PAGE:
Can you tell me about this thing?
This tiled surface surrounding this train
This slick smooth flooring each season so flooded
When each season comes, and wicks it away
Down some old lost moldy drain.
With wide yellow swaths,
And the timing of serpents,
I’m wrapped up in sundresses:
You pierce me.
I would have known you, as ultraviolet lilacs
This sweet summer sickness had amassed.
I would have seen you, flowering frigid meadows,
But as the calm comes: At last.
We can go now: down, dirty, and broken.
All parts, all staying, all still, all past.
Adam Gopnik on Richard Martinez’s courage to speak the painful truth about guns: http://nyr.kr/1jPdeuc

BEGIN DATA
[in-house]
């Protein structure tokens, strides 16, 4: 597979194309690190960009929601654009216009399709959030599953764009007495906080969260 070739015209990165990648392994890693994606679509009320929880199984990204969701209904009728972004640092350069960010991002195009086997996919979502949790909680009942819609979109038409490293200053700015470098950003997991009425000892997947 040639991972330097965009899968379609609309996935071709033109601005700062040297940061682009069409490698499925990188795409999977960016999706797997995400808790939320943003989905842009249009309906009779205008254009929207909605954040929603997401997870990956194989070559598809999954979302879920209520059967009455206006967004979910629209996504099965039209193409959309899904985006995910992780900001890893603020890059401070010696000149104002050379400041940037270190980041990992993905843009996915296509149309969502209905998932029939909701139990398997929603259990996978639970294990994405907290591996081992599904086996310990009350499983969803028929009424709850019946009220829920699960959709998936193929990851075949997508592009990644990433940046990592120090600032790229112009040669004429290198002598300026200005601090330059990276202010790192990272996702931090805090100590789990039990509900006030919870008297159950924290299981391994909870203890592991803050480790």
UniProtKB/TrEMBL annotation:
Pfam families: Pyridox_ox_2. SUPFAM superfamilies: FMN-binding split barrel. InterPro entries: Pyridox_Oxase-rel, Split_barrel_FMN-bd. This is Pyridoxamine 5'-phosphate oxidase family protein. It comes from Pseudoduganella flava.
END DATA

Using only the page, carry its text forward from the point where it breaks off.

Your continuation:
I had a professor once who gave a lot of arbitrary rules for his papers. “Avoid the word ‘lifestyle’”, “Don’t use the word ‘use.’” It was obnoxious and frustrating and I lost a lot of hard-fought points over it, but I made some of my best essays with his guidance.
One of the most important was “Avoid cliché,” and this explains it beautifully.
Darkness dissembles; the lights recede
At random; bright
Pinpoints appear; valves hiss and unwind—
Isolate, far away, like breath
Escaping, the rush of blood
Dwindles to different chambers …
Meanwhile, the rinsings go on
And on, like an ocean,
Spilling into the flesh, rubbing
Their foamy edges into the grain.
Now there is no removal,
For these are the waters that burn,
The acids that scald;
These are the flames you have asked for.
Homo sapiens is the only species to suffer psychological exile. —E. O. Wilson